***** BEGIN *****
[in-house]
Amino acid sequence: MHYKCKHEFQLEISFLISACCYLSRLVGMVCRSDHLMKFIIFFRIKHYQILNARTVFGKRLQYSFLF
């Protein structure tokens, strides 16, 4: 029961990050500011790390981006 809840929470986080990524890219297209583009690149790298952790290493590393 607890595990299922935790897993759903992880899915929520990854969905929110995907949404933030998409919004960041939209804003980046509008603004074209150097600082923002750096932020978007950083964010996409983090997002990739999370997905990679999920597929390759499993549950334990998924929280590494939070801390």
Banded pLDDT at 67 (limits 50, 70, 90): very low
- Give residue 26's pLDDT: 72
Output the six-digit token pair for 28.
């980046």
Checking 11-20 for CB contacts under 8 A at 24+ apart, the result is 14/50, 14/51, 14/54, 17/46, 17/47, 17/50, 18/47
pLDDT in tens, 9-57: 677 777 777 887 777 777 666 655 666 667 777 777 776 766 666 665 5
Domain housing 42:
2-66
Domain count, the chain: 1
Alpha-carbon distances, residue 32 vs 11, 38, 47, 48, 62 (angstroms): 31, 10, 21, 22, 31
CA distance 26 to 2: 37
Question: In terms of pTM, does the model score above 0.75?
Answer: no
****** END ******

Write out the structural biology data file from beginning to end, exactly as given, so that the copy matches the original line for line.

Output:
[in-house]
Amino acid sequence: MHYKCKHEFQLEISFLISACCYLSRLVGMVCRSDHLMKFIIFFRIKHYQILNARTVFGKRLQYSFLF
């Protein structure tokens, strides 16, 4: 029961990050500011790390981006 809840929470986080990524890219297209583009690149790298952790290493590393 607890595990299922935790897993759903992880899915929520990854969905929110995907949404933030998409919004960041939209804003980046509008603004074209150097600082923002750096932020978007950083964010996409983090997002990739999370997905990679999920597929390759499993549950334990998924929280590494939070801390």
Banded pLDDT at 67 (limits 50, 70, 90): very low
- Give residue 26's pLDDT: 72
Output the six-digit token pair for 28.
């980046």
Checking 11-20 for CB contacts under 8 A at 24+ apart, the result is 14/50, 14/51, 14/54, 17/46, 17/47, 17/50, 18/47
pLDDT in tens, 9-57: 677 777 777 887 777 777 666 655 666 667 777 777 776 766 666 665 5
Domain housing 42:
2-66
Domain count, the chain: 1
Alpha-carbon distances, residue 32 vs 11, 38, 47, 48, 62 (angstroms): 31, 10, 21, 22, 31
CA distance 26 to 2: 37
Question: In terms of pTM, does the model score above 0.75?
Answer: no